Strength in Numbers

So I was walking down the hallway this past Thursday on the way back to my office when I passed by a group of students working together outside of the library. I stopped, turned around, and went over to hear what they were discussing, and as I was sitting down, one of the students said, “you know what Mr. Kerr, when we work by ourselves we’re pretty smart, but when we work together we are way, way smarter”. After about 10 minutes of listening to them share ideas, defend their thinking, ask thoughtful and clarifying questions, and eventually come up with several different solutions to a problem, I walked away thinking about what that student had said, and about the whole notion and power of collaboration.


The following day I decided to look for and track all the ways that we work together in schools as students and as professionals, and honestly, I lost count before noon. It started first thing in the morning as I watched kids on the playground working together in teams all over the place, solving problems and playing games. Then I saw it in classrooms during our morning meetings as kids shared ideas, and built trust and made collective plans for the day. As the morning went on I saw group math stations and book club conversations, and strategy groups and peer sharing and editing in writer’s workshop, and team building and strategizing in PE, and group presentations in French…it was everywhere! Kids learning with and from each other…together…sharing and teaching, and gathering and considering perspectives other than their own. It was beautiful to watch.


It didn’t stop there though, as I saw teachers co-teaching and co-planning, meeting in teams to create assessments and lessons and units, looking at student work and analyzing student data, presenting to each other and coaching each other, and using each other as thought partners…again, it was everywhere that I looked! Collaboration builds those critical life skills, which are so necessary for all of us to be successful in today’s world…kids and adults..both in our professional lives and in our lives outside of work. Skills like active listening, analyzing, brainstorming solutions to problems, critical thinking, building consensus and compromising, embracing mistake making, trust building, respect, being open to new and opposing ideas, conflict resolution, self advocacy, leadership, and so much more.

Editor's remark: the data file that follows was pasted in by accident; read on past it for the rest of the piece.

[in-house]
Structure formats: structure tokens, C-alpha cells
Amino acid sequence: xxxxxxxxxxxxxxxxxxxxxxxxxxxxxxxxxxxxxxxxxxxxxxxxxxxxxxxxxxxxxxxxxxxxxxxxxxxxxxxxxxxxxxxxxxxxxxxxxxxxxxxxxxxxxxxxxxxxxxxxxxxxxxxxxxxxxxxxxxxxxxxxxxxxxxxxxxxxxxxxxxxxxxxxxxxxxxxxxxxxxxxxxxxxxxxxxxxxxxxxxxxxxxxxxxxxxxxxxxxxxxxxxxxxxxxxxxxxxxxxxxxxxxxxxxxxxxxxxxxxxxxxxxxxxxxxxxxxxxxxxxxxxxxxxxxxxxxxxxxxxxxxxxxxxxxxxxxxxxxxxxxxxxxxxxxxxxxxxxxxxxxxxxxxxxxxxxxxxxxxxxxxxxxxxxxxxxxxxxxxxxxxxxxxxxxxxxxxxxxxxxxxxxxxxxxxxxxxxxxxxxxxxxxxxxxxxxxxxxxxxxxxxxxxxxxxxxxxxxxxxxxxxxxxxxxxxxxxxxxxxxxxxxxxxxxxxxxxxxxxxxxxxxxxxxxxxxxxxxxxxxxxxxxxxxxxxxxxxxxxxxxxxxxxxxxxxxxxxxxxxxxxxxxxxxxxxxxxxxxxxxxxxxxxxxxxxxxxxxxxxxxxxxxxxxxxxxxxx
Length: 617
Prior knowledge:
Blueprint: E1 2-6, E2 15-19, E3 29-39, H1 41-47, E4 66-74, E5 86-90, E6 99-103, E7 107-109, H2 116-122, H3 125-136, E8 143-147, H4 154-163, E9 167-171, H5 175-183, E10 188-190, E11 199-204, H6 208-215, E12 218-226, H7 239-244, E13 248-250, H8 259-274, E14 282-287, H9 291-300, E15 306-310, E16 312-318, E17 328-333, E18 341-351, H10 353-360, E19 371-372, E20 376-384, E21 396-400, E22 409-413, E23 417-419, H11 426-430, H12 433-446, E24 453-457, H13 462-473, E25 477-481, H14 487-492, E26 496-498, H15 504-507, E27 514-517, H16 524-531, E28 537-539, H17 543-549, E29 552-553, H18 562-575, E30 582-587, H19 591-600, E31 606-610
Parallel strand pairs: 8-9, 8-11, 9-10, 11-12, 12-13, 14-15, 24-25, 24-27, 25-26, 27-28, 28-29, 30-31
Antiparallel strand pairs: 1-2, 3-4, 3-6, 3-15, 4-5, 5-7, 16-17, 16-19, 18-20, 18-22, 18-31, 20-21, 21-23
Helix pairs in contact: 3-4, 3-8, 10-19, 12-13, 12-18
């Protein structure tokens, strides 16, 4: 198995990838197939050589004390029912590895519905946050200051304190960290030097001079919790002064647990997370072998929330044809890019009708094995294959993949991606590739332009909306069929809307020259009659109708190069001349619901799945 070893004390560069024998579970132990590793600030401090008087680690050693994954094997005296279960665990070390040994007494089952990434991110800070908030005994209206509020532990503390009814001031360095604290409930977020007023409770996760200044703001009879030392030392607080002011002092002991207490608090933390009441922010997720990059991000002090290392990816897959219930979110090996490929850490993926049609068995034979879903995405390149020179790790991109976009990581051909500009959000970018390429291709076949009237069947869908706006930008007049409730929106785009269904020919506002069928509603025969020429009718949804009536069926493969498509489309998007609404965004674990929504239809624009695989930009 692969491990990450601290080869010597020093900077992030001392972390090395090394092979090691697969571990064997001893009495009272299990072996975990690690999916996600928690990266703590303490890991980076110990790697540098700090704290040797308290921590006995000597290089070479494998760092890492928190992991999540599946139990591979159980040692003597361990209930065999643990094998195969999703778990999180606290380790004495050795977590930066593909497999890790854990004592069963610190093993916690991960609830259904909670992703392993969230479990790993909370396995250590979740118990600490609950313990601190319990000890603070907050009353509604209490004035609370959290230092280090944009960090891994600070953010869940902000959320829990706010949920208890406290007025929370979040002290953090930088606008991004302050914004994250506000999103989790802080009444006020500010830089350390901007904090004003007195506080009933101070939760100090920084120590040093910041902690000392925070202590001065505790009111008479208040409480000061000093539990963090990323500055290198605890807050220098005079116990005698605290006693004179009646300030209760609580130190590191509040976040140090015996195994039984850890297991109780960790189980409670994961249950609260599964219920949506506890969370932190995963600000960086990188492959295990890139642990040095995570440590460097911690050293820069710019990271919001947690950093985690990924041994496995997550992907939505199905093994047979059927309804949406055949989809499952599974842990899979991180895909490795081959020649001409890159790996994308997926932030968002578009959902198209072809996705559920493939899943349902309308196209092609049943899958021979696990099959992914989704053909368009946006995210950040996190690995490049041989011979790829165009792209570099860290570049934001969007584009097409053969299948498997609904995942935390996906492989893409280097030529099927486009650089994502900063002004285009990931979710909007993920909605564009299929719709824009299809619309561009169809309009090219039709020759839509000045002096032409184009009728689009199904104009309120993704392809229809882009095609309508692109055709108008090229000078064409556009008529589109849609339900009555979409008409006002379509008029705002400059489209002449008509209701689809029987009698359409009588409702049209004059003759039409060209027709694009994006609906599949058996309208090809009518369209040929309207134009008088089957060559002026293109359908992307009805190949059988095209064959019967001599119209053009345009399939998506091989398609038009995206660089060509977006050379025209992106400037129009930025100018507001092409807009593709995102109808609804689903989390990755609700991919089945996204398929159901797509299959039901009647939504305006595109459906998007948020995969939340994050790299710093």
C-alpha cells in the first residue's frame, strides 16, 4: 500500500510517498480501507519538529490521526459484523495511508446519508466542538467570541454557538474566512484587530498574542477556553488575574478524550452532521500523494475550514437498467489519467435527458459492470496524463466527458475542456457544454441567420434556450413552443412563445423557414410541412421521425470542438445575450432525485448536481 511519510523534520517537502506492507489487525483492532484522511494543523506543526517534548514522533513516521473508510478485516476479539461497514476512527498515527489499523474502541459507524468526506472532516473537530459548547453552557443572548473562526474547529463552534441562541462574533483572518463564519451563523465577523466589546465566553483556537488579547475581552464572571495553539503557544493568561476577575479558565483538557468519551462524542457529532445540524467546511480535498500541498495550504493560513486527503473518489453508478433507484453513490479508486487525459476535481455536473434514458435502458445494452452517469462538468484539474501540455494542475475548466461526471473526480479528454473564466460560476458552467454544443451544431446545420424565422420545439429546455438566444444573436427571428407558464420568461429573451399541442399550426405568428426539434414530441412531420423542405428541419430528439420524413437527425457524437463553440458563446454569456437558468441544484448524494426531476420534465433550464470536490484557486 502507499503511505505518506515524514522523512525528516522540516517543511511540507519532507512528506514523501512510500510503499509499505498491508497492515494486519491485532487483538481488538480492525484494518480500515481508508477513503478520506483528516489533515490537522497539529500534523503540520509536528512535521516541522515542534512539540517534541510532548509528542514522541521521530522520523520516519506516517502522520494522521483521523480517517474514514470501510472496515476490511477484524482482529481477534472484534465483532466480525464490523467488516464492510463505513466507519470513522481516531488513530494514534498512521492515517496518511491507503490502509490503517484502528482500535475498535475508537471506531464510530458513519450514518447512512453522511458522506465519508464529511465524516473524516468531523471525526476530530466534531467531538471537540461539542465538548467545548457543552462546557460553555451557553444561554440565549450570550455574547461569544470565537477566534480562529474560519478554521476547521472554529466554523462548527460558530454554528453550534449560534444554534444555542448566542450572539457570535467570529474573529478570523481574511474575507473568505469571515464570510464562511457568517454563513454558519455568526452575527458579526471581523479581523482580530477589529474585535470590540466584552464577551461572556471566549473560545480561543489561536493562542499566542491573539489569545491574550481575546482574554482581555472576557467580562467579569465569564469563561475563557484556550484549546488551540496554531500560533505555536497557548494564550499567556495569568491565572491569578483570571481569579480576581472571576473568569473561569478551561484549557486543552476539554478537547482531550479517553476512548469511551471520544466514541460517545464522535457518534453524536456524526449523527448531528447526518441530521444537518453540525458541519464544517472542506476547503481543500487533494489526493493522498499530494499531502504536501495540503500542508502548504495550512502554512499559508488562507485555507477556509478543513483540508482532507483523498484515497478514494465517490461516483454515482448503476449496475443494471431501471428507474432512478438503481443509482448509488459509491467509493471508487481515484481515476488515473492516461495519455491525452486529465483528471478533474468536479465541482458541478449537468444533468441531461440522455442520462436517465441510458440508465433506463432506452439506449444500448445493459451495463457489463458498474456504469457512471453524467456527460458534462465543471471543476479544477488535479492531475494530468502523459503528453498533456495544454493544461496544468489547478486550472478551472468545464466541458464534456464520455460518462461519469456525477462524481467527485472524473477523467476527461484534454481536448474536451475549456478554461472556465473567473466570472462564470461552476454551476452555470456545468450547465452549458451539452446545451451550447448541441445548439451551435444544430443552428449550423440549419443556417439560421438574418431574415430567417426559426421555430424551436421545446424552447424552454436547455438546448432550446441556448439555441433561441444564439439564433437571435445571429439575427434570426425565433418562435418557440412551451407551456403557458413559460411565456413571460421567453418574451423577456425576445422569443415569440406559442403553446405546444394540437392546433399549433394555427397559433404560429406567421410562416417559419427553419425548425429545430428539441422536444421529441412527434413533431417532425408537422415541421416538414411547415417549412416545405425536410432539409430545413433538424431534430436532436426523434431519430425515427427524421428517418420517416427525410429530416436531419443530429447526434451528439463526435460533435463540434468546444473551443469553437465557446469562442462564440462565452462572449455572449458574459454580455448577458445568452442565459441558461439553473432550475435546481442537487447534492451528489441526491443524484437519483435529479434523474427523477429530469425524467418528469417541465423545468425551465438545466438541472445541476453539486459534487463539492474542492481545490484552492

Working together in groups and in teams really does make us better, and giving these opportunities to our students, and to each other as colleagues is key. All that said, I do recognize and understand the importance of being able to do work on your own as well, and to have that time to write, read, think and create all by yourself…I really do value that time. There is however a power in collaboration, that does enhance the learning experience for all of us I think. I believe in that old idiom, strength in numbers, and like that student so confidently stated, working together really does make us way, way smarter. Have a wonderful week everyone and remember to be great for our students and good to each other. 

Quote of the Week…

The main ingredient of stardom is the rest of the team – John Wooden


Inspiring Videos-

Sign Language

The Funeral

TED Talk – Collective Creativity

This is Water – David Foster Wallace

 Best Friends


Related Articles – 

Successful Teams and Projects

Collaboration in the Workplace

Why Collaboration is Essential

Real World Tips

In the Workplace

About Daniel Kerr

Dan Kerr is now Lower School Director at the American School of Paris. He previously served as Intermediate Division Principal at Academia Cotopaxi American International School in Quito, Ecuador, and prior to that was the Middle School Principal at SCIS in Shanghai, China. Dan has also worked at JIS in Jakarta, Indonesia and he began his International career in Abu Dhabi. Dan is thrilled to be joining the ASP family and will be accompanied by his wife, Jocelyn, who will be working as a counselor, and his two children, Max and Gabby. 
This entry was posted in Daniel Kerr. Bookmark the permalink.

Leave a Reply

Your email address will not be published. Required fields are marked *